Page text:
10 resume red flags to look out for when you’re hiring

When it’s time to hire a new team member, you or your hiring manager will likely receive a large number of irrelevant applications through recruiters or LinkedIn. Most job applicant resumes are pretty cut and dry. But once in a while, you can spot a red flag that’s best not to ignore. 

1. Spelling, grammar, and punctuation issues

Failing to get spelling, grammar, and punctuation right sets a poor tone. Yes, these aren’t everyone’s strong suit, and typos happen. But not caring enough to ensure their resume is polished can reflect a lack of dedication, which might be reflected in their work ethic. 

If an applicant doesn’t take the time to get their first impression right, it’s hard to expect them to get things right in the workplace. 

2. Poor formatting

Like spelling, grammar, and punctuation, poor formatting also shows a lack of care on your applicant’s side. While office skills are not necessary for every position on the job market, presenting yourself in the right format is still of tremendous value. 

An applicant’s resume format should at the very least follow a logical structure and contain personal details, education, work experience, and skills. Text should look presentable and be broken up into concise paragraphs or bullet points.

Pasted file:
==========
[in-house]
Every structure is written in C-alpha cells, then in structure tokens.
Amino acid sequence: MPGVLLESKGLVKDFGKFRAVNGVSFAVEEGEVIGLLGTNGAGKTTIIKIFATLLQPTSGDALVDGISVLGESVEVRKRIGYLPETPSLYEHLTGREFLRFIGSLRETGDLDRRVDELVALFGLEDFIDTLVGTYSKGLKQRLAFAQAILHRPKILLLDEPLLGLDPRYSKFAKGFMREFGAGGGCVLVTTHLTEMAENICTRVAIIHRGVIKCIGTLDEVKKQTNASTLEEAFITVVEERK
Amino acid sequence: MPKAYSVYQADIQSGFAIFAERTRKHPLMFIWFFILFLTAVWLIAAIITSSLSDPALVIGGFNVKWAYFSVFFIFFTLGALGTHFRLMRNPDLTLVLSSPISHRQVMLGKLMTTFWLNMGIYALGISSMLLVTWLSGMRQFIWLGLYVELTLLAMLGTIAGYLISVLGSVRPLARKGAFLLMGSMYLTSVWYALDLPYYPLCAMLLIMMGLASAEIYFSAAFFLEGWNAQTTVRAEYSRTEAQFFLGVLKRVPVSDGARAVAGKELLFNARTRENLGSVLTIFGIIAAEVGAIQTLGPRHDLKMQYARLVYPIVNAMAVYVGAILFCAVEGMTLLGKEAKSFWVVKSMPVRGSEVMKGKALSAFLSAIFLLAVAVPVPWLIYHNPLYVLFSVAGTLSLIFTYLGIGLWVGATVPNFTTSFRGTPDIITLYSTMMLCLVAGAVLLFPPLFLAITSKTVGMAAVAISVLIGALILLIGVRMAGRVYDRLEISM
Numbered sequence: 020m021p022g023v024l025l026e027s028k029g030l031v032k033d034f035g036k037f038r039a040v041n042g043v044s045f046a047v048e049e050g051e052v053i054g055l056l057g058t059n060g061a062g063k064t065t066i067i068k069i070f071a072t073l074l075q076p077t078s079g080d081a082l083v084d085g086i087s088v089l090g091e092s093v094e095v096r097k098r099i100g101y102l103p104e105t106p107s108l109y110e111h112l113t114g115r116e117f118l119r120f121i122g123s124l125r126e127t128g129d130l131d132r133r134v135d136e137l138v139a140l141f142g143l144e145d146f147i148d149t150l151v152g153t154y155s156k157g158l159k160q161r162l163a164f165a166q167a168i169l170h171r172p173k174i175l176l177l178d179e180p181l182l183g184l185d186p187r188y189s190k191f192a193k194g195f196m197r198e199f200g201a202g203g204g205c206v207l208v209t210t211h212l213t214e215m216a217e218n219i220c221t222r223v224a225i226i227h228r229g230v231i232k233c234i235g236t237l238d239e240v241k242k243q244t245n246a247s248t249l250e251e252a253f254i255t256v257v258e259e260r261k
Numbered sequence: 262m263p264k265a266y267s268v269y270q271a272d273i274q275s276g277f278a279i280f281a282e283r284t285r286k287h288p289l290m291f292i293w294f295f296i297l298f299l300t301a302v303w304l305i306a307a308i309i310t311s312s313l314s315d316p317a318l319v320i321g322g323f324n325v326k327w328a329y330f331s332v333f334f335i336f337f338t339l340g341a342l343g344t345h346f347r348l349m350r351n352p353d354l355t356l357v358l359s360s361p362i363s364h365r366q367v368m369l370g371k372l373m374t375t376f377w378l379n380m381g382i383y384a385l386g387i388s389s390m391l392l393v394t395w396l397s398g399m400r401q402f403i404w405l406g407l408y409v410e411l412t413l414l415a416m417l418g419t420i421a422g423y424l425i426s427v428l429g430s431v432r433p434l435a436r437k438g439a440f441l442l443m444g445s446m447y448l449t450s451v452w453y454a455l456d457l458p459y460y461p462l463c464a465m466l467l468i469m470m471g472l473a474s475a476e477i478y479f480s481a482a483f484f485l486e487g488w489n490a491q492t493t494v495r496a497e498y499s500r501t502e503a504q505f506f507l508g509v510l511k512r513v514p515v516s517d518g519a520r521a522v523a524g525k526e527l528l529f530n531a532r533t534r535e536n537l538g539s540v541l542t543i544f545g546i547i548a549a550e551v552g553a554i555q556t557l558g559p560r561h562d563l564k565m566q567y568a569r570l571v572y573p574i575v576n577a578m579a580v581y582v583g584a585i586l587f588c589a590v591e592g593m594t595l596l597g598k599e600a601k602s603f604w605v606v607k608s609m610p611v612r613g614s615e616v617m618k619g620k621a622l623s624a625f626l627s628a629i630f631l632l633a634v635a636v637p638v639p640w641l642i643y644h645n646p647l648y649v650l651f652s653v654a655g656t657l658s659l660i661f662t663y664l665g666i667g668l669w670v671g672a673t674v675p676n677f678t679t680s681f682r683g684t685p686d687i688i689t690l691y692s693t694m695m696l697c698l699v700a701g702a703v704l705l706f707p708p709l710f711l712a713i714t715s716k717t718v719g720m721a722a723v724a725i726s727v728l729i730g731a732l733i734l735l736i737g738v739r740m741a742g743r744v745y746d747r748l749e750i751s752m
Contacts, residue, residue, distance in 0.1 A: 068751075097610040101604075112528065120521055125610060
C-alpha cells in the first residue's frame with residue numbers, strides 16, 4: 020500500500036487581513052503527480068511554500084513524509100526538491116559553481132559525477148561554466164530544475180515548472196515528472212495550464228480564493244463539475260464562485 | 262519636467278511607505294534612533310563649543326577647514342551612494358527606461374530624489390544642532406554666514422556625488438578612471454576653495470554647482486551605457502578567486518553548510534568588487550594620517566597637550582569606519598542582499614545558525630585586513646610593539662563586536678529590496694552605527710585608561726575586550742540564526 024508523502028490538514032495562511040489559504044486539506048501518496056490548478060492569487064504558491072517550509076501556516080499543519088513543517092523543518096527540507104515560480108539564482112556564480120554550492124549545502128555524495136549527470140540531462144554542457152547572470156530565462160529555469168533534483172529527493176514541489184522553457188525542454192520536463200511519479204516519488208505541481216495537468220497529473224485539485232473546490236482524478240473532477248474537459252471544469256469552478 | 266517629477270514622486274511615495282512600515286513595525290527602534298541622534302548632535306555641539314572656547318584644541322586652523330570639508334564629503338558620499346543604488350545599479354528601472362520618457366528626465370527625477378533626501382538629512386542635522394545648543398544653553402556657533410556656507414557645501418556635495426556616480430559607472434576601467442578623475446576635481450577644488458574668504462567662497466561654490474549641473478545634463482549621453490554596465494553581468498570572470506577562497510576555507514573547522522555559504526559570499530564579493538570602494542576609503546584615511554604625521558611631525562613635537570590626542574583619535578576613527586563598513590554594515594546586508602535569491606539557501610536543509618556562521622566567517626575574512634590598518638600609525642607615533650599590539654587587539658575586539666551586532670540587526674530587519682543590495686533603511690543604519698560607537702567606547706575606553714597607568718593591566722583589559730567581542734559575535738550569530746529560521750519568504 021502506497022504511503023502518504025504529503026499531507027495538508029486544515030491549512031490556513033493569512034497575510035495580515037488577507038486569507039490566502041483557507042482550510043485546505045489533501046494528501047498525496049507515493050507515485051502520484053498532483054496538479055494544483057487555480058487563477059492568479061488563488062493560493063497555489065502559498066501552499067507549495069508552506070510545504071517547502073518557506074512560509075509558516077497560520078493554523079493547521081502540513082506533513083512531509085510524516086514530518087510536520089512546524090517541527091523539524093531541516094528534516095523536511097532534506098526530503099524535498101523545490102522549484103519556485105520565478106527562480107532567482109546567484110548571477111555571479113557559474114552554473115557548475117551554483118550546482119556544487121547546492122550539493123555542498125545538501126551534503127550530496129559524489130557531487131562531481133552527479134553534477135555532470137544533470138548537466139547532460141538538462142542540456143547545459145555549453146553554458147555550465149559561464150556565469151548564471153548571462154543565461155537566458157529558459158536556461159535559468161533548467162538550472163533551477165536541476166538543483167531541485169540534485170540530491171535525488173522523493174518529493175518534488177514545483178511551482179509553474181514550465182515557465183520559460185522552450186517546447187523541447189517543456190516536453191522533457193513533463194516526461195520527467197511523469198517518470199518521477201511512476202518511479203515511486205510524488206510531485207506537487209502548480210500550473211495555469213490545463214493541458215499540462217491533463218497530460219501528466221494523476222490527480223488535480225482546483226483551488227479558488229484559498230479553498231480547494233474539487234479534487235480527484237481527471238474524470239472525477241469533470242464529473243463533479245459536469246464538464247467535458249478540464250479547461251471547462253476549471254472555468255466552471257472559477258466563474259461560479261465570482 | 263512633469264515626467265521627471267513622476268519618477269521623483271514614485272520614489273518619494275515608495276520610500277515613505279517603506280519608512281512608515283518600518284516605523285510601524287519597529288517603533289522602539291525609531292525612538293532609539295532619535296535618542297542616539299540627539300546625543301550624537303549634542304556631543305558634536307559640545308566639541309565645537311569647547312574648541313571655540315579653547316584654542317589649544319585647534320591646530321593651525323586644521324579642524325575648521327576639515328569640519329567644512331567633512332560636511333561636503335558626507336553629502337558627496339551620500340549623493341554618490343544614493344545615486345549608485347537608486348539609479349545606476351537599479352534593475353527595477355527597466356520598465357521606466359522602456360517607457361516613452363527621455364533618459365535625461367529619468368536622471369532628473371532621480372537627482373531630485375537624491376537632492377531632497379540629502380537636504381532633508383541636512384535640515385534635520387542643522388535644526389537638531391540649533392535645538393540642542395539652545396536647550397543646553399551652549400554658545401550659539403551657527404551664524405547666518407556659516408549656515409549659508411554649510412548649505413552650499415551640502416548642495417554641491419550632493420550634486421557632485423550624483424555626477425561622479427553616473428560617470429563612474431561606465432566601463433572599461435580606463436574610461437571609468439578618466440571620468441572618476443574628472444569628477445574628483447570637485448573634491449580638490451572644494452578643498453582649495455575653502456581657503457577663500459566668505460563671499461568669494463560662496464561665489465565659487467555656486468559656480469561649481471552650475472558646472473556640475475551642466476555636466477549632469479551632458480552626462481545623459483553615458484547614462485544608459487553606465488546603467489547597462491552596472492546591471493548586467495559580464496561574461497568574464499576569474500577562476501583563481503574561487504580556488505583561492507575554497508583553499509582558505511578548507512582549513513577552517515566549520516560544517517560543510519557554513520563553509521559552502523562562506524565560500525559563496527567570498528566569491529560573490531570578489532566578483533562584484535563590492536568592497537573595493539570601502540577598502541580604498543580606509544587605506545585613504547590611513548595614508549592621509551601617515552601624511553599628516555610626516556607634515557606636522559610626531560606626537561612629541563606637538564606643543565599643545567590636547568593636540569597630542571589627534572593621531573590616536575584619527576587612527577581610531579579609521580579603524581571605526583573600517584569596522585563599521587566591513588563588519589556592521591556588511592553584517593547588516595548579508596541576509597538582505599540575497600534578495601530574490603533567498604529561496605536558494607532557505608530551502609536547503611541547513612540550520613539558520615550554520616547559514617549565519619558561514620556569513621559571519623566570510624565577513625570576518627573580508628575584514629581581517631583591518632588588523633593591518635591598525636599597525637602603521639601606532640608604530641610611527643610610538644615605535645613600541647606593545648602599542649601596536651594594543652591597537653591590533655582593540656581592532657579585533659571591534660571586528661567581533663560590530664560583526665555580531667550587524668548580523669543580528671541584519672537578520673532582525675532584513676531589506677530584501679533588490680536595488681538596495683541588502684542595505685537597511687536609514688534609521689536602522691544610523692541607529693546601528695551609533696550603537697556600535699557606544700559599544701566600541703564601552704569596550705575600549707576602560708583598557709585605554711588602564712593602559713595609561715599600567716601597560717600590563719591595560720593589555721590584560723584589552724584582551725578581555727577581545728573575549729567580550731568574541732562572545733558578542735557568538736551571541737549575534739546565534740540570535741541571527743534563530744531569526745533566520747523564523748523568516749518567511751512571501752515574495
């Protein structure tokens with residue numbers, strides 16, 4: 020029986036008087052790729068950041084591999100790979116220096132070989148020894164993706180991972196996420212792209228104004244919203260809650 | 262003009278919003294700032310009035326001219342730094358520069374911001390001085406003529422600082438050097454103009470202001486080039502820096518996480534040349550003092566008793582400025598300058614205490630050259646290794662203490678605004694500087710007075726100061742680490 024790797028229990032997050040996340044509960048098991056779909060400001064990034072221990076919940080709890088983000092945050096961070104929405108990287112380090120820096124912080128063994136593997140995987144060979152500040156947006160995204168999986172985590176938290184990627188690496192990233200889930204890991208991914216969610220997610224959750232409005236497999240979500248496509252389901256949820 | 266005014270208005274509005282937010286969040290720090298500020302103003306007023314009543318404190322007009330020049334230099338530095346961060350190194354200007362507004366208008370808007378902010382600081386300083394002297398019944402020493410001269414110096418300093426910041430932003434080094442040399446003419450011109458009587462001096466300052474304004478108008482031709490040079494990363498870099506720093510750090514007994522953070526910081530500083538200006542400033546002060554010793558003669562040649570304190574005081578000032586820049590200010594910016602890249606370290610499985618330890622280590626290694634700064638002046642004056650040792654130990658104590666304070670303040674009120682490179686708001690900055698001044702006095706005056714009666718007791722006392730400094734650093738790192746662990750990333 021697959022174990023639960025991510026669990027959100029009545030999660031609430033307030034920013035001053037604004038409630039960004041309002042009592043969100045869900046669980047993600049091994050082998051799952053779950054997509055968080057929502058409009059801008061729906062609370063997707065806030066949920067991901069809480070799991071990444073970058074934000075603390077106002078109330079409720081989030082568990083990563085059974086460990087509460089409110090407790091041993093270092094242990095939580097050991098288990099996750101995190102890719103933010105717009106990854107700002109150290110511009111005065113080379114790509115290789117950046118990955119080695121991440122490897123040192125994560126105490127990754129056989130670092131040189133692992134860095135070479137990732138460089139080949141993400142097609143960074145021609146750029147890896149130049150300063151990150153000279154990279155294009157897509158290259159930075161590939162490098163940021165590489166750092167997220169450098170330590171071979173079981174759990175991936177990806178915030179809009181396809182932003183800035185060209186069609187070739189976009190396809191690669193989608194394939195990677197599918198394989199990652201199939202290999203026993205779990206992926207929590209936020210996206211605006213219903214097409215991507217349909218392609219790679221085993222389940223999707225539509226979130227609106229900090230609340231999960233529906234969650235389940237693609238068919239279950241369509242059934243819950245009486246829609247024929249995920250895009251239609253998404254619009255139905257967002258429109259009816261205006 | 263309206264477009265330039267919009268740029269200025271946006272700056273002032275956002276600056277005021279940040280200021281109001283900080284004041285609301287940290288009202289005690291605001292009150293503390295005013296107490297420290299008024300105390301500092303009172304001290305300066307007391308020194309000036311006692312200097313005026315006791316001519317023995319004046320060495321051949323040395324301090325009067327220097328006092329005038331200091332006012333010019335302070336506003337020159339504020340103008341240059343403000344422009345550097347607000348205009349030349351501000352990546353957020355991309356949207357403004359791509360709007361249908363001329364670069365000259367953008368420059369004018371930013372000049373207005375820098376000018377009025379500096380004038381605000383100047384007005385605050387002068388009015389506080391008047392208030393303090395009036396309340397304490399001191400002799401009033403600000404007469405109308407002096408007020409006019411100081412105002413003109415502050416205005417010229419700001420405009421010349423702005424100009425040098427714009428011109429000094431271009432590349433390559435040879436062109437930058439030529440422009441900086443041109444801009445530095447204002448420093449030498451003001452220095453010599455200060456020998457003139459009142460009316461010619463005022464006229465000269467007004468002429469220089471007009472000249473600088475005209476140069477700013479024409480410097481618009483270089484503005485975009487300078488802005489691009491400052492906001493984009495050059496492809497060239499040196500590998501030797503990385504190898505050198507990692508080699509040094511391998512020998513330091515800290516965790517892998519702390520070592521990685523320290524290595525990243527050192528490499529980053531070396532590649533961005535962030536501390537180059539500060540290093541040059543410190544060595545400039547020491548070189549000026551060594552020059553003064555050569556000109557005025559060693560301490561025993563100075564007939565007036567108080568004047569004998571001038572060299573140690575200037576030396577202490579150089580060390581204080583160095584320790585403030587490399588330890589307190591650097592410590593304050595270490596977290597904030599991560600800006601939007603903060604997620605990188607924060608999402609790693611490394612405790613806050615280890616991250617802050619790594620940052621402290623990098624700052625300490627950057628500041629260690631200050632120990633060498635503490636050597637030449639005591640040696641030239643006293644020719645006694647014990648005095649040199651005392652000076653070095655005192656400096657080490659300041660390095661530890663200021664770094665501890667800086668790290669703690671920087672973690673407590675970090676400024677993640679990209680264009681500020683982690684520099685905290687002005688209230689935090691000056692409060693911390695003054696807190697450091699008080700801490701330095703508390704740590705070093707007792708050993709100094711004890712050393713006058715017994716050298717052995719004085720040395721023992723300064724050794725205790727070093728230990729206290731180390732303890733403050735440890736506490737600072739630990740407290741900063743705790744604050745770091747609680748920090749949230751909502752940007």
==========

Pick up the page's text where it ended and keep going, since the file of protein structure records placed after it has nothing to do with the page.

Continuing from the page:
Should the resume look like a wall of text or a convoluted mess, your applicant is likely to have spent very little time on their own presentation, which shows a lack of care on their part.

3. Lack of attention to detail 

Overlooking other details also yields an impression of carelessness. Errors like this can include: 

  • Missing words
  • Cut-and-paste mistakes
  • Incorrect names of businesses 
  • Wrong employment dates
  • Placemarkers still in text 

These types of errors do happen and are by no means earth-shattering, but again, they highlight an applicant’s lack of care and overall unprofessional appearance. 

4. Failure to follow directions 

Many employers exclude resumes that don’t include requested items like a cover letter or a list of references. Failing to provide what is asked of them often shows laziness on the applicant’s part. 

Don’t waste your time on candidates who can’t take the time to provide what you need. Focus on those who are dedicated to following directions as they will likely do so on the job as well. 

5. Lack of customization 

Failing to tailor a resume — especially a cover letter — to fit your specific business and the open position is a huge red flag. Oftentimes applicants who know they aren’t qualified for positions will spam employers with applications and consider modifying their cover letters or applications a waste of time because they don’t expect to get the job. 

Reviewing an applicant like this is also a waste of your time. If they don’t want to capture your attention by connecting their experience and skills to the open role, there’s no need to give it to them. 

6. Job hopping

If a job seeker’s employment history lists several previous roles at other companies in just the last few months, you should be wary of that candidate. Having multiple full-time jobs in a short period of time is a sign of job-hopping and communicates that the applicant is not dedicated to their work. In the worst case, it’s even possible that they’ve been laid off multiple times in their career path due to a lack of competence.